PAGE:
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Saturday, July 10, 2010

Being a Low-Carber is not easy!

I've been so sick with the flu'. Apparently, we have the Swine flu' here in South America (government has kept it quiet), 55,000 people were hospitalized and several people died. Just when I thought after 2 weeks that things could not get any worse, my coughing fits resulted in a pulled muscle in my lower back. How can that happen? Don't ask me! Anyway, miserable, miserable flu. My husband and son were even worse than me. They had to use asthma medication, steroids and antibiotics. As a result, blogging has not been my priority of late.

Anyway, to get back on topic, being a low-carber in a high-carb world is never easy. Temptation is everywhere, but it is especially difficult to resist temptation at other people's houses - at a party, for instance. Sometimes one is fortunate and it is something like a barbecue. Take a salad and a low-carb sugar free dessert and you know you won't go hungry or look funny.

I was invited to a birthday party last night and there was nothing to eat - high carb tortillas and pizza followed by cake and trifle. Even the beer was the high carb variety. There was diet coke and that's about it! So, lovely party - great-tasting food (I won't tell a lie) - as I decided to indulge in a moderate fashion (i.e. my portions were small) after my first few sips of beer. Some of you may be shocked and have thought of me as a purist, but heck, I'm as human as the next person.

Still, I am a low-carber until I die and that mindset never leaves me. It is the way that I choose to eat because I'm convinced we don't need the white flour and sugar in our diets. Besides that my Hashimoto's thyroiditis puts me at risk for diabetes; low-carbing makes sense for me. My CRP levels are always somewhat high in the medium risk category thanks, I think, to having the autoimmune disease. My husband's CRP levels are substantially lower, even although he indulges in high carb foods much more often than I do and has more weight on him. I don't need to increase that inflammation in my body with high-carb junk foods on a regular basis.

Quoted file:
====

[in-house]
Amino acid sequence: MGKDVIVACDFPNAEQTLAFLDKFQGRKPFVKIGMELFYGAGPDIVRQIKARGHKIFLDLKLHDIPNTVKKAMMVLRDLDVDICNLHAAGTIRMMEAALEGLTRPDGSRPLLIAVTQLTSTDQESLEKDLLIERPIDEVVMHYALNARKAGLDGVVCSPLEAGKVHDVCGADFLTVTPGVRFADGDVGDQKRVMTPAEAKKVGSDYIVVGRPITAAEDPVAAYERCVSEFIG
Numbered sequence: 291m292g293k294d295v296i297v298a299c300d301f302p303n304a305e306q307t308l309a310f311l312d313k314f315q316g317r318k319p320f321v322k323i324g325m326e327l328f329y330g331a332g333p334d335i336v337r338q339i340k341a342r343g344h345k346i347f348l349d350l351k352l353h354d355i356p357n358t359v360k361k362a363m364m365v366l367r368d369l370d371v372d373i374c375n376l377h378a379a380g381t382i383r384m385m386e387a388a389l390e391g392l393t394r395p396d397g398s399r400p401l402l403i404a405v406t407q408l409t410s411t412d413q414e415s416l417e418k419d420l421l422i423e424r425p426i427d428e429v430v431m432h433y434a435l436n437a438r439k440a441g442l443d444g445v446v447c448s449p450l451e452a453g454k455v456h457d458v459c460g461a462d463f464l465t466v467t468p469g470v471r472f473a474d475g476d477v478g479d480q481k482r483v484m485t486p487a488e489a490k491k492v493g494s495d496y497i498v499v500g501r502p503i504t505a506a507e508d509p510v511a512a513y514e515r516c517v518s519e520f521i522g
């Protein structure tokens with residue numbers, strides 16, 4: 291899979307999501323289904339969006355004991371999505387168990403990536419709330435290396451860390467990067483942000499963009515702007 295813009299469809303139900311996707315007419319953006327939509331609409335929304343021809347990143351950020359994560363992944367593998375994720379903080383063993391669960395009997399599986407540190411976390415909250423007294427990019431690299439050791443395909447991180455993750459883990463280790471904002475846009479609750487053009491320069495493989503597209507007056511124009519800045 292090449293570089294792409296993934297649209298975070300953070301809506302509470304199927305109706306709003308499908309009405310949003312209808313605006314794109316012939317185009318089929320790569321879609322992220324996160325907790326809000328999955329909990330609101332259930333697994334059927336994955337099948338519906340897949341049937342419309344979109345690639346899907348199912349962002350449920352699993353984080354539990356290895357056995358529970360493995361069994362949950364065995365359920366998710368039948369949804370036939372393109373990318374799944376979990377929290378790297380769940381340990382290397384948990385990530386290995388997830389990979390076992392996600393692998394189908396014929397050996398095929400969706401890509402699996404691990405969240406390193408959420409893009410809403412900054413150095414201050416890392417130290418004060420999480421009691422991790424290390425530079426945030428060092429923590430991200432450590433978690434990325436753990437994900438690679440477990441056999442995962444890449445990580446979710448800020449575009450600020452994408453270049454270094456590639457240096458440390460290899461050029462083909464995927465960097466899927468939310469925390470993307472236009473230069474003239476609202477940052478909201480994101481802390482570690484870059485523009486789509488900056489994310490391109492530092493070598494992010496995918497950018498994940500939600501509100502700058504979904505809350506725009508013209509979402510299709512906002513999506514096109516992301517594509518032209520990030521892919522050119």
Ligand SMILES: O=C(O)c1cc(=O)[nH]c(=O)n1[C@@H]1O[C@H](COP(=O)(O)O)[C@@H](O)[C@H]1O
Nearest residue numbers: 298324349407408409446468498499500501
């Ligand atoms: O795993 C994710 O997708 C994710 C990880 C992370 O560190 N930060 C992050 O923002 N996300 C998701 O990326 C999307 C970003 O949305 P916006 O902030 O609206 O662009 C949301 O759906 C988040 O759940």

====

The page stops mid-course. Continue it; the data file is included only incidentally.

So, as soon as possible I get back on track and stick with my moderate low-carb diet. I usually stay under 60 grams a day, sometimes much less, sometimes a little more than 60 grams. However, that is low-carb compared to the 300 grams or more of carbohydrate that the average American or Canadian person consumes. The average individual in the States consumes about 170 lbs of sugar a year (children get fully half their calories from sugar). My family consumes a negligible amount in comparison.

However, I'm sitting here feeling sore, coughing and feeling a bit sorry for myself. Being a low-carber in a high-carb world is not easy. Those of us who stick with it as a WOE are the ones who have chosen this lifestyle not simply for weight loss, but also for health reasons. Good for us!!

4 comments:

Former Donut Junkie said...

Great post! Yes, we are all human and sometimes get into situations where temptation gets the best of us. But I really like what you said that once you're a LC'er, that LC mindset never leaves you. That shows progress in changing a lifetime of bad eating habits. LC is always a part of every food decision I make. Now I'm not saying I'm always "good", but the LC info always comes to mind! Thanks. Hope you get well soon! Ron, aka The Former Donut Junkie.

Ginny said...

Had the H1N1 in May Jennifer, and it is no fun! Sorry to hear you are sick with it! I pray you get over it quickly. It's hard to eat low carb at others' houses, and it's hard being low carb when you are sick and hungry for nothing but carbs! Hope you're feeling better soon.

Jennifer said...

Hi Ron - It's so good to see you! :-) Good to hear you are still low-carbing. I went to your blog, but it looks like it is empty?

Jennifer said...

Thank you, Ginny. I'm going to add your blog to my favorites' list. Good job!